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Gorilla Conservation in Uganda and Rwanda

Gorilla Conservation in Uganda and Rwanda


A glimpse at the wild mountain gorillas is one of the most splendid and sought-after experiences by trekkers in the world. Despite the remarkable experiences with these magnificent creatures, their survival on earth today is highly at risk of extinction and thus there is a need to protect them for both current and future generations. Mountain gorillas are listed as the world’s critically endangered species and this is based on the fact that their population in Africa’s jungles is drastically decreasing. Currently, there are nearly 900 mountain gorillas in the world and they are only protected in the misty jungles of Uganda, Rwanda, and the Democratic Republic of Congo (DRC).

Before, the idea of mountain gorilla conservation wasn’t heard in the world until that time when Dian Fossey traveled to Africa for her research. Dian Fossey, the best-known zoologist in the world, became an icon of mountain gorilla conservation in the 1960s and it is from this that these creatures were saved through active conservation, led campaigns to eradicate the crucial threats which in turn could lead to the extinction of these rare species on earth. It is from this that today several measures have been devised to protect mountain gorillas.

Some of the crucial threats to mountain gorillas include poaching, political instability, gorilla trafficking, infectious diseases, habitat loss, and fragmentation. These threats are the main cause of the reduced mountain gorilla population today. In order to curb down these threats, anti-poaching measures had to be devised to keep poachers away from the forest where these species are protected from and one of the best ways is through gorilla tourism. Given the fact that many of these poachers are local community residents themselves, it was necessary to ensure economic development projects and supportive relationships. This, in turn, can help to keep off the poachers and encroachers from gorilla habitat and this will ensure longer survival of these species in the wild although they are still endangered. In addition, Uganda, Rwanda, and DRC jointly established the Special Wildlife Integrated Protection Force (SWIFT) mainly to escalate armed manpower in and around conservation areas and enforce laws.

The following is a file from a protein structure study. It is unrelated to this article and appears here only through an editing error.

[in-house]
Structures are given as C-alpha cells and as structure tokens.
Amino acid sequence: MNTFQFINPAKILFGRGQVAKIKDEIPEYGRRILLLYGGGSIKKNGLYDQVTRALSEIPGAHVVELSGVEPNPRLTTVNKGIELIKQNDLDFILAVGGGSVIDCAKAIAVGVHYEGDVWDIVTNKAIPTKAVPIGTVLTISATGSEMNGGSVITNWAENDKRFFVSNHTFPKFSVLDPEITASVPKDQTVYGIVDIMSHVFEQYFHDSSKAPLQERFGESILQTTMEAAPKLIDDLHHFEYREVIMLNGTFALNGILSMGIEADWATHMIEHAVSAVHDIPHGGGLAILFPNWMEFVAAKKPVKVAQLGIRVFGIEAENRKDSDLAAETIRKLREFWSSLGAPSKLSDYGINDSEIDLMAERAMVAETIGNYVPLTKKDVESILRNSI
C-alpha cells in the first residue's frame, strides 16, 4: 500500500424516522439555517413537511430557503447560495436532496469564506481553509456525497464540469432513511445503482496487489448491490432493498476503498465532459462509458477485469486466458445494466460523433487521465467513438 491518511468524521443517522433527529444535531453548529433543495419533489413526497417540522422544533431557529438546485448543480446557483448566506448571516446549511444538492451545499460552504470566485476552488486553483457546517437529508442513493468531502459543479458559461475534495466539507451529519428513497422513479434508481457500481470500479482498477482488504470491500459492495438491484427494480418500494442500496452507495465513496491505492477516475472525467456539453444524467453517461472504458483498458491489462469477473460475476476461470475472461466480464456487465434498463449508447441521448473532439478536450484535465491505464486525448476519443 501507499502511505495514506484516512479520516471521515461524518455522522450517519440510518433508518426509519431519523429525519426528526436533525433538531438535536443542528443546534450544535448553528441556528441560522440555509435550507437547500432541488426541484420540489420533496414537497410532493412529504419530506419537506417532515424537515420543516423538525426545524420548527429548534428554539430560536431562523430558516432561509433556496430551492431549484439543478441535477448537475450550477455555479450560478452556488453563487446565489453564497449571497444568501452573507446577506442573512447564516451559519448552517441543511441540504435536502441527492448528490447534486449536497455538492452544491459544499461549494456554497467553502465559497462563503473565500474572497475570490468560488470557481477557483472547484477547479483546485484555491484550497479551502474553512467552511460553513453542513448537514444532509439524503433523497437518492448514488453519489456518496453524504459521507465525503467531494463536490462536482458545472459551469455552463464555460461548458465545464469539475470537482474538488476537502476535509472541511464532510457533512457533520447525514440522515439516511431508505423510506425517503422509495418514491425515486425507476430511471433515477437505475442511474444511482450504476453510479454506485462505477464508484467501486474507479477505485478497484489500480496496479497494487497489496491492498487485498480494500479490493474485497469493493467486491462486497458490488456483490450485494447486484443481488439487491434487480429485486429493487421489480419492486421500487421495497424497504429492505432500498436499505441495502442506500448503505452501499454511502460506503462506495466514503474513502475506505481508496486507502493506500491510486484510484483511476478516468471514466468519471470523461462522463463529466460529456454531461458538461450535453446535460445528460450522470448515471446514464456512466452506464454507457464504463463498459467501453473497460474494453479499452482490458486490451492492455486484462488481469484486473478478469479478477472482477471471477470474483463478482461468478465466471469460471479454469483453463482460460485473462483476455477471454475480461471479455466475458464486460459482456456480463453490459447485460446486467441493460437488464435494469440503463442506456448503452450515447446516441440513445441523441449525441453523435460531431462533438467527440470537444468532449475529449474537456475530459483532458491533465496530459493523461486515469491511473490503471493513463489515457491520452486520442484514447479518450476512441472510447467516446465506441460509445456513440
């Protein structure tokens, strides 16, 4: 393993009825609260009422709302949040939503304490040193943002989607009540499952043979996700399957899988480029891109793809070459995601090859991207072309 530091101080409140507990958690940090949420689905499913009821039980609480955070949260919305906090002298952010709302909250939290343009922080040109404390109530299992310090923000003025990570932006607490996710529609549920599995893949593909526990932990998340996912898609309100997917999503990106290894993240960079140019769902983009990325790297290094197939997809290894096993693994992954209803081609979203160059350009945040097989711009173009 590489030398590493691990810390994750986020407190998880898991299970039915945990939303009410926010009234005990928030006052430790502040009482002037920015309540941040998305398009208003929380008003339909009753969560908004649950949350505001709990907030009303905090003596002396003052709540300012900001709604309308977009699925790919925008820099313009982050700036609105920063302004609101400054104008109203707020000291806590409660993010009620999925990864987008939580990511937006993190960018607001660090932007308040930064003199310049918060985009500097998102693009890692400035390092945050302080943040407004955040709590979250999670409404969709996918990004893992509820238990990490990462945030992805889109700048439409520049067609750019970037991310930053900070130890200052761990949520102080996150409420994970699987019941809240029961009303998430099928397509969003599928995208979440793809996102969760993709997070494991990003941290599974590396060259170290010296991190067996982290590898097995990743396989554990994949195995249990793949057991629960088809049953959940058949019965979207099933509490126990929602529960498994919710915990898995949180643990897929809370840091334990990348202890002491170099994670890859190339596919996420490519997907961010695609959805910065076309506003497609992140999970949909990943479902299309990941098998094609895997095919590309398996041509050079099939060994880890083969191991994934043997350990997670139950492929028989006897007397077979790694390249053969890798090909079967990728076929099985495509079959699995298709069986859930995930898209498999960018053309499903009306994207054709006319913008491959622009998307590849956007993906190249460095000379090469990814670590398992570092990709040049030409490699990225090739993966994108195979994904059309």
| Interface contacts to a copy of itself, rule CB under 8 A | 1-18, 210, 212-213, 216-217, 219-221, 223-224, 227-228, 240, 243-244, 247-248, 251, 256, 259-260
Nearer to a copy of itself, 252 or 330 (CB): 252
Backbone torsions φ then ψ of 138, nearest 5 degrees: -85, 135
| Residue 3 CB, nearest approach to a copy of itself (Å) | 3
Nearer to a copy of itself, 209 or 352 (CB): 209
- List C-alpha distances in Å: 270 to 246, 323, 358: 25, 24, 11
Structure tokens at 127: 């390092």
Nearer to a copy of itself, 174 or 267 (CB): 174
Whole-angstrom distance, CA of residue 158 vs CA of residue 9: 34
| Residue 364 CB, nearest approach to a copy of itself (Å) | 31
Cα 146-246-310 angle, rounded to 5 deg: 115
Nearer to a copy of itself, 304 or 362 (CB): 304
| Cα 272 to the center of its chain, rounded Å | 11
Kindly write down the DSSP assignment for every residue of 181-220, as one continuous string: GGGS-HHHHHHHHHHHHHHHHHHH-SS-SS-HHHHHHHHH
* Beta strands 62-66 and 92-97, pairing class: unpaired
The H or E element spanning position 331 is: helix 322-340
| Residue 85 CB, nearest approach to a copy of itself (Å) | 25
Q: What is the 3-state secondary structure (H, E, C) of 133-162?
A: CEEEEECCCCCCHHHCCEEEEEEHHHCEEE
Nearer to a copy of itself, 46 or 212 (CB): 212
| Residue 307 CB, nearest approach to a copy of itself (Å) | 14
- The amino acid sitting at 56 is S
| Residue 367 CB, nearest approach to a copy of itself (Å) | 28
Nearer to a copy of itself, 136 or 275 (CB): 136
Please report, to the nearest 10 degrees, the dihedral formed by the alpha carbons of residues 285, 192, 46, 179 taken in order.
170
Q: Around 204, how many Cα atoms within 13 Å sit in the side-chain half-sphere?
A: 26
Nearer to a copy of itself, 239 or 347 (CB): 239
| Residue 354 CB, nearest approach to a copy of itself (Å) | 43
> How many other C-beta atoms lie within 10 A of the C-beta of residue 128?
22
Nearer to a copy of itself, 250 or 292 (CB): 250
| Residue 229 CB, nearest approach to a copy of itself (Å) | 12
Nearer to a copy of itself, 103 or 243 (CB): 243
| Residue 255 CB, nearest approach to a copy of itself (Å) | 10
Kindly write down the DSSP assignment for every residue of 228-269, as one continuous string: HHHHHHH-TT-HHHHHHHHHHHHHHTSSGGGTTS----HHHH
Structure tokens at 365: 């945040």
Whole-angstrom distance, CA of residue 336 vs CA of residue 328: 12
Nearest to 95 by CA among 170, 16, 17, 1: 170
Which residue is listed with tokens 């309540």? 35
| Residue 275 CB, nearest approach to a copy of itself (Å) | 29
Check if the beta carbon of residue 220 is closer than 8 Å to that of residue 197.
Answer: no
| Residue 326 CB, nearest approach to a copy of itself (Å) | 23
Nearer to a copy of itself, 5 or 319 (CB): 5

It is from these endeavors that many people also got to know the need to conserve mountain gorillas especially in the famous movie “Gorillas in the Mist.” This didn’t only create awareness in the local communities alone but also across international borders and in turn attracted numerous conservation organizations that responded positively for instance gorilla doctors. Today, there are numerous gorilla doctors who assist to treat these species in the wild. Normally, mountain gorillas suffer from very critical injuries that they get from wire snares which are targeted to hunt down antelopes as well as buffaloes.